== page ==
Sunday, 28 July 2013

Simple Photometer (Light meter) using LDR and PIC microcontroller. (Schematic + Code + Proteus Simulation)

This post would provide a working example of how to make a simple Light Meter (PhotoMeter) using 16bit PIC microcontroller and a LDR (Light Dependent Resistor). Or how to interface LDR with MicroController (MCU).

You may download code and Proteus Simulation from the download section at the bottom of this post. I am using MPLAB X IDE, C30 Compiler and Proteus Simulation on v8.0. This code is written in C Language and will work on PIC24, DsPIC33 and DsPIC30 (16bit microcontroller) by slightly changing the code.

In this post I supposed that you know following things if not then please go through following posts before proceeding with this.

·         How to Blink an LED. (Click here)
·         How to interface an LCD. (Click here)
·         How to configure ADC module. (Click here)
·         Digital OhmMeter. (Click here)

The science behind measuring Light using LDR is very simple. I used some basic formulas as Intensity depends on distance too. So I was not able to find perfect formula for finding precise light intensity in case of LDR (resistance to Intensity relation). So I used resistance change maximum and minimum to make a guess of intensity of Light. This will help in basic LDR application. My formula is at minimum intensity LDR has Maximum resistance offered which is about 990kΩ which I measured in Proteus using Current and Voltage probes. Maximum resistance means minimum light (approaches to zero light intensity). Now to find Intensity in percentage I used this formula

“I = (ResistanceLDR(at current light)/ MaximumResistance) x 100”

This gives percentage but resistance decrease with increase in Intensity so I used simple mathematics

“I = 100 – I (Intensity measured from above formula)”

Proteus Simulation:

            In the following figure 1. I used a fix resistor (R3 = 10kΩ) with a LDR. This creates a potential divider circuit. I connect a common point of both LDR and R3 to ADC channel 0 (AN0) for measuring Potential divider voltage. Now I have only one variable in Potential Divider formula which is resistance offered by LDR. Which I used later for calculating Light in percentage. I am using ADC channel AN0 for measurement of voltage Divider. I used LCD on PortB.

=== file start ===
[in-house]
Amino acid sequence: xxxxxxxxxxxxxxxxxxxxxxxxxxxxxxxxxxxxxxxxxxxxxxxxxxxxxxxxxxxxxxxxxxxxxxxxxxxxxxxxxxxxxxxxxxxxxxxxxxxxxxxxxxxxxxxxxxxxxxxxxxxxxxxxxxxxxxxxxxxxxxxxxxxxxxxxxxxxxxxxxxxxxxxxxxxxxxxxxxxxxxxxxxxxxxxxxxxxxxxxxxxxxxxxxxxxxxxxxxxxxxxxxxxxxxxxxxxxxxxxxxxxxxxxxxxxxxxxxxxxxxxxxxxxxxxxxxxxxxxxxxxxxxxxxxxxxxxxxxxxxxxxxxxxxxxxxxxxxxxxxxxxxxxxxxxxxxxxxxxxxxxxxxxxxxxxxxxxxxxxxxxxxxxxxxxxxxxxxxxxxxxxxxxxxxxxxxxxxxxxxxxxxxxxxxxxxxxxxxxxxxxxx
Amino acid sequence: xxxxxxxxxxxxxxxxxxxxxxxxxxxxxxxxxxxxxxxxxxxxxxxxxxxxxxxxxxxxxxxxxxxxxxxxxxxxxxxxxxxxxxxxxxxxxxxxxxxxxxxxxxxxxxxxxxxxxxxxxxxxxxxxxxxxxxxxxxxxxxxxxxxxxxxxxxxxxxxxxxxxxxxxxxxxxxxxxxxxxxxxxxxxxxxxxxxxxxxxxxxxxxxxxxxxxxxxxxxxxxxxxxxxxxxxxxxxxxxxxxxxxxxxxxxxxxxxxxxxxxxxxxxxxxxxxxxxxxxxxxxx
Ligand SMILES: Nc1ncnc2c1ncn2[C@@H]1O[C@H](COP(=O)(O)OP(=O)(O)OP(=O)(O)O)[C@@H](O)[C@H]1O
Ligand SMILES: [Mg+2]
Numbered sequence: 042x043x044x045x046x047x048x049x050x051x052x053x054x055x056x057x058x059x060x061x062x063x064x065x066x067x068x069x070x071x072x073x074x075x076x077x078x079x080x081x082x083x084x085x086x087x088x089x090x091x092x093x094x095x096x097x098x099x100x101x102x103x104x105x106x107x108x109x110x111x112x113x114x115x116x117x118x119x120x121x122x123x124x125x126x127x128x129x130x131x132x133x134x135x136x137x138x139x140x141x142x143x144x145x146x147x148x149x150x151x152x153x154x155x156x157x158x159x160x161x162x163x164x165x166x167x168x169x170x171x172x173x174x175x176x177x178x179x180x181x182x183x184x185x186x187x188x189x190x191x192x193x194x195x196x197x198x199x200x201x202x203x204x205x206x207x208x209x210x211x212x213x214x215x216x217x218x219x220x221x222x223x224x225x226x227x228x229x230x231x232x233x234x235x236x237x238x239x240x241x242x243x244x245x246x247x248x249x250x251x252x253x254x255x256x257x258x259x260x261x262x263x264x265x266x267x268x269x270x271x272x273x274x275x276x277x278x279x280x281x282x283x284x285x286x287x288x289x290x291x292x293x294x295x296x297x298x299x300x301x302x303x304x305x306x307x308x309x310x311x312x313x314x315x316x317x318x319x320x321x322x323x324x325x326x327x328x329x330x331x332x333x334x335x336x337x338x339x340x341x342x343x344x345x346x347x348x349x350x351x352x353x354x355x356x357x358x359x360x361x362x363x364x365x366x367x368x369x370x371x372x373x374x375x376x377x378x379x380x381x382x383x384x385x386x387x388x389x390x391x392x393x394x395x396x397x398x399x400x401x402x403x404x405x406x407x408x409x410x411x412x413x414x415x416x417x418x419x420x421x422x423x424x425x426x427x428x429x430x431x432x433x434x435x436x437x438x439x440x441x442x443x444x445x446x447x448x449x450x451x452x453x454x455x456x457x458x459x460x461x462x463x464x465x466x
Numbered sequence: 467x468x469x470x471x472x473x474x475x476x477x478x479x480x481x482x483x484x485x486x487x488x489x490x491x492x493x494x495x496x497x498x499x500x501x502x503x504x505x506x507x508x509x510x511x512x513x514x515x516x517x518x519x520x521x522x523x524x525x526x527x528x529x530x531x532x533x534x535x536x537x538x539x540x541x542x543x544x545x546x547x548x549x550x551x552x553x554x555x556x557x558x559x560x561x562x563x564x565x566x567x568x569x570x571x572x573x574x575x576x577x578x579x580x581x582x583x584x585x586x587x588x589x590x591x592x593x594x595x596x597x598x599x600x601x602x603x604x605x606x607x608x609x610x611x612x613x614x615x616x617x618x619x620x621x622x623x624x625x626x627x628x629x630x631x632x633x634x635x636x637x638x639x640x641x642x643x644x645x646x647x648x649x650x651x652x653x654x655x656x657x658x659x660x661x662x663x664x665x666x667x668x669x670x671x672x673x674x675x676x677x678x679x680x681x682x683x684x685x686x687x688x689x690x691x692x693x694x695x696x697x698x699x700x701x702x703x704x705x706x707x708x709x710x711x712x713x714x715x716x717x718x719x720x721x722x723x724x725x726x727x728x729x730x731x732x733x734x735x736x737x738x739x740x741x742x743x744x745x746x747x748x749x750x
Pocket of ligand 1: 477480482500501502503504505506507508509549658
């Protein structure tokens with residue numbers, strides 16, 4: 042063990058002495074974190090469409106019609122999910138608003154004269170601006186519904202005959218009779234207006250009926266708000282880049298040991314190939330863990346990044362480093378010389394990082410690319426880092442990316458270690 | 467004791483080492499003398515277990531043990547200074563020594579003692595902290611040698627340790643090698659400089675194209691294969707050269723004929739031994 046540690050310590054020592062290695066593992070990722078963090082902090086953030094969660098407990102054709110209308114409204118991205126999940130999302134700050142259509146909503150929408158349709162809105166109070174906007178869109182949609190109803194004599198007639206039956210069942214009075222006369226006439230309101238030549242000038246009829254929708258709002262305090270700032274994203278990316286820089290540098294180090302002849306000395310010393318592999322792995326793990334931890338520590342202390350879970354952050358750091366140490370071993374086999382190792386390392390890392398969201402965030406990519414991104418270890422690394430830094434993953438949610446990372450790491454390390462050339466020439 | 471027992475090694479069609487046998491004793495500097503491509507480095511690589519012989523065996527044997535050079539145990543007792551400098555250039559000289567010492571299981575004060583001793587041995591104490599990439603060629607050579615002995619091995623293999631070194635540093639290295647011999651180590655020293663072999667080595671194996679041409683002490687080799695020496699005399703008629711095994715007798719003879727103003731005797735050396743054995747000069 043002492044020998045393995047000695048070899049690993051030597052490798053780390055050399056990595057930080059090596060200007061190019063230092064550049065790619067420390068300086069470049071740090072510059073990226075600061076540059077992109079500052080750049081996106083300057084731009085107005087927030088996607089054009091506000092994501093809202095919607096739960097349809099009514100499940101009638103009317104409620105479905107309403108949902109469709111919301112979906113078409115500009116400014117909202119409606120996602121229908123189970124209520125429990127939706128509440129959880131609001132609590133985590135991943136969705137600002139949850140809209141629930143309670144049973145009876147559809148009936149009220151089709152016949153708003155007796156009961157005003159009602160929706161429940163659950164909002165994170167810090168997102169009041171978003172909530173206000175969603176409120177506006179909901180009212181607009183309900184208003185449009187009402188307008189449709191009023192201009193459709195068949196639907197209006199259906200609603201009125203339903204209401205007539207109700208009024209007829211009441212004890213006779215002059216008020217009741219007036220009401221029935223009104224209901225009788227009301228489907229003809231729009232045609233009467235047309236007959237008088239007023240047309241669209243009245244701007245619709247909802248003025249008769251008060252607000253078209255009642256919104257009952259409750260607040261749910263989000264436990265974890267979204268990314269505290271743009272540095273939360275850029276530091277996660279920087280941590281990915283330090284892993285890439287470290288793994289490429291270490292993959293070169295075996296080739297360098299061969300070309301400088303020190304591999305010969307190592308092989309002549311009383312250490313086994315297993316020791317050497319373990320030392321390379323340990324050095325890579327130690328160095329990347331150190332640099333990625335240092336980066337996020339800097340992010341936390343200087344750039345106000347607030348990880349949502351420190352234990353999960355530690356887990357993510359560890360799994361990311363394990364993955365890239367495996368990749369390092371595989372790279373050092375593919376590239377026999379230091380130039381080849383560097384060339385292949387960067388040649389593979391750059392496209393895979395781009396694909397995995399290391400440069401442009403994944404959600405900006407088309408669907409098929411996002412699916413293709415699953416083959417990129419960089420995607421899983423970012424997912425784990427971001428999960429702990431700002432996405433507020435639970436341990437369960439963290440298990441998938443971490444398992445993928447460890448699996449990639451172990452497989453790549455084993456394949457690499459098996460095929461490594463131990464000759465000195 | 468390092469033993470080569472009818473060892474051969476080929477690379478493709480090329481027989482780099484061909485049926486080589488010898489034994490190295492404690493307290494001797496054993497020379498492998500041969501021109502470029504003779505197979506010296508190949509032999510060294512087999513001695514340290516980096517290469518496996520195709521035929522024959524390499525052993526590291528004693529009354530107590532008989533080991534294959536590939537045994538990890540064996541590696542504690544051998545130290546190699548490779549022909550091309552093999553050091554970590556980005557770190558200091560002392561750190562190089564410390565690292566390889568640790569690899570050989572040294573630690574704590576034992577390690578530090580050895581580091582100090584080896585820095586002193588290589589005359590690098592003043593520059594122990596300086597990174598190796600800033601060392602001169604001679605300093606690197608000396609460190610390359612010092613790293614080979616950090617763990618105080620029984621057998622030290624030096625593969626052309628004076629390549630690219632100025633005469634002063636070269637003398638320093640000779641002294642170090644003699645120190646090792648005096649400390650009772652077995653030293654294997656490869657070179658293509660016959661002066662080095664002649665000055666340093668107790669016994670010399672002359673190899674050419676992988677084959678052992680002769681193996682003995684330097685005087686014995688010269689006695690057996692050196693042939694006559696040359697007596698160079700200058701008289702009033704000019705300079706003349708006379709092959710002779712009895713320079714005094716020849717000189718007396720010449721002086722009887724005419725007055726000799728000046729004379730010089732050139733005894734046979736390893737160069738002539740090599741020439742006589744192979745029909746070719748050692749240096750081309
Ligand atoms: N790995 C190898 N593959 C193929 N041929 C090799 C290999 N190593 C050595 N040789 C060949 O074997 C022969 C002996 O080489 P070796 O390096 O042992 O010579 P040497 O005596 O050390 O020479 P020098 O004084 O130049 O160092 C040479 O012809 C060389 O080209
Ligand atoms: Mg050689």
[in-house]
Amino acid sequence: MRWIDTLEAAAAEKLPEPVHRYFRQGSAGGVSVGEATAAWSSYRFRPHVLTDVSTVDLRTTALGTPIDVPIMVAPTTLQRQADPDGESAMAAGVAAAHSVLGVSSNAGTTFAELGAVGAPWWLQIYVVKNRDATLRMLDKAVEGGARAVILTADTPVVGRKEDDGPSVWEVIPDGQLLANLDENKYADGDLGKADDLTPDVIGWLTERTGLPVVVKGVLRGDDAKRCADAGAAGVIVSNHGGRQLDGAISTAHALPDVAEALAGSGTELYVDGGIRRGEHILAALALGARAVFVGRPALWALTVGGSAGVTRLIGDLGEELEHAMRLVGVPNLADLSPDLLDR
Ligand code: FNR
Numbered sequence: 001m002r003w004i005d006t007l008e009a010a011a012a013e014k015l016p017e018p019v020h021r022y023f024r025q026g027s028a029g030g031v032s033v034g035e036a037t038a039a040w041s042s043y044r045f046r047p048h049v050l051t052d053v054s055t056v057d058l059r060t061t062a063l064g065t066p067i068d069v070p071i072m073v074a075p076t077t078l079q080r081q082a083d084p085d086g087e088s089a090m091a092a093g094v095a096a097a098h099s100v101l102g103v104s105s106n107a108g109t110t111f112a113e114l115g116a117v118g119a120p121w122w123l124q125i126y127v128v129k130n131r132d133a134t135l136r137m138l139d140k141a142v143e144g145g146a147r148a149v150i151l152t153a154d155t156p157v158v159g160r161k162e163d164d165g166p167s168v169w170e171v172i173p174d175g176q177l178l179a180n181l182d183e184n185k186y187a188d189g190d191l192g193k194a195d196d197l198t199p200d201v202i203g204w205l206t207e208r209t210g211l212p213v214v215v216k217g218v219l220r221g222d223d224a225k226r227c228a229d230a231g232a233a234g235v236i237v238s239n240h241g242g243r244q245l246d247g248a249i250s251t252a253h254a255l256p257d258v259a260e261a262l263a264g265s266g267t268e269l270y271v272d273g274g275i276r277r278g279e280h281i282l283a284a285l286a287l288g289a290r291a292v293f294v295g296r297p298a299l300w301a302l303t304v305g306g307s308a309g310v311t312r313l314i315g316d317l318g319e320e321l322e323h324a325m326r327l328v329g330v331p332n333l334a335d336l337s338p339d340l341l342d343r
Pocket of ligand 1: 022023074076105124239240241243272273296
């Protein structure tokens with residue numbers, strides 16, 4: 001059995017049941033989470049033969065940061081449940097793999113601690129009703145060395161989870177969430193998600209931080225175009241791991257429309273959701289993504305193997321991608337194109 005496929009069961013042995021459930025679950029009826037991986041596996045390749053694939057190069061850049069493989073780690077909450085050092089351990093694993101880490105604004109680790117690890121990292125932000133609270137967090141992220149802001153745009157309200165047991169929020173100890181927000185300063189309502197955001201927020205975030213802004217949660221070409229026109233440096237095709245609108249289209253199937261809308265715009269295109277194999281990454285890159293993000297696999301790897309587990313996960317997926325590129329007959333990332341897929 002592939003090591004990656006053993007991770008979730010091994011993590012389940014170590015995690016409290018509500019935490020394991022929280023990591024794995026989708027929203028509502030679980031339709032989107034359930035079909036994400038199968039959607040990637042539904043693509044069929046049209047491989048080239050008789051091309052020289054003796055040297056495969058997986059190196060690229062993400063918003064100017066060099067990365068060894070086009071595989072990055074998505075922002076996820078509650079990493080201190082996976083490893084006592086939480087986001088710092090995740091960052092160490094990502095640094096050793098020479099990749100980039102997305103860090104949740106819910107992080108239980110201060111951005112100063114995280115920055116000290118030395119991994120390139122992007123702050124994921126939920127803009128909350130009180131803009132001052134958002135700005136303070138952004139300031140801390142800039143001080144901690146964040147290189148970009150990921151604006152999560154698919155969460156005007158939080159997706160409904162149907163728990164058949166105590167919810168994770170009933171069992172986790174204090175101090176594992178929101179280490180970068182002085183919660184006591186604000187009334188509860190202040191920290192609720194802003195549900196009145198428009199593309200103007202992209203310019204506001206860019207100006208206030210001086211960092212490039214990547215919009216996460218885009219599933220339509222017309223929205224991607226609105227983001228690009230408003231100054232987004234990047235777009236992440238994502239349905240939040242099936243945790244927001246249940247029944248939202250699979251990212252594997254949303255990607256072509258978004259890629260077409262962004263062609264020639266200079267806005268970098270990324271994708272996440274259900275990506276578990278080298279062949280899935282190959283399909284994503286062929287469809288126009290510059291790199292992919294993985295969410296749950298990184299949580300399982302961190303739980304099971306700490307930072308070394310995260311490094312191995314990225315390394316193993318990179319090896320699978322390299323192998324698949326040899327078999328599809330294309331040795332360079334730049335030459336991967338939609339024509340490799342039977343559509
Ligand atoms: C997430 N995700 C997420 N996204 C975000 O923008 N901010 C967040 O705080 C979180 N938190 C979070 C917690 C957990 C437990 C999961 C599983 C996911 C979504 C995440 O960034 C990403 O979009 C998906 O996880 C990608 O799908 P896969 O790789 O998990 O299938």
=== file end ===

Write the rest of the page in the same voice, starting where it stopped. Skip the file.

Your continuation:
Figure 1. Schematic Proteus

In the following figure 2. Animation shows that when I increase distance between LDR and Light source the Intensity increases. And with the decrease in Distance Intensity decreases. If you notice the major jump in intensity from 6% - 80% at first step is because at 6% light source is OFF and when it turned ON after first step Intensity goes to 80%. One another thing keep it in mind is that the curve between LDR and Intensity is Non-Linear.

Figure 2. Animation of Proteus simulation.

In the following figure 3. This is main function in which I first initialize LCD, then I configure ADC with Channel 0. And a loop which only calls a function named DisplayLightIntensity() which is responsible for displaying measured light intensity in percentage on LCD.

Figure 3. Main function.
In the following figure 4. We have DisplayLightIntensity() which has a string that is printed directly and a variables named “VoltageOutput” has the value of Potential divider voltage which will change according to Light Intensity. With Potential divider formula “Vo = (LDR/ LDR+ R3) x Vcc”. We can find resistance of LDR at certain Intensity. Now by using formula that is explained above in this post we get the intensity in percentage. This formula is written in Line 33 in the figure 4. Don’t confuse with an additional multiplication with 1000. I just used this to make my variable in milli so that I can print it in decimal figures on LCD.

Figure 4. Display Light Intensity.

Now at this stage we measured intensity of light in variable named “Light”. For displaying this value on LCD we have function named WriteLongAsFloatUptoFiveFigures(). This function will display variable “Light” by passing it as a parameter.

Reading Suggestions:


You can download Code (MPLAB X and C30 compiler) and Proteus (v8) Simulation. Click here

For all topics Click here:

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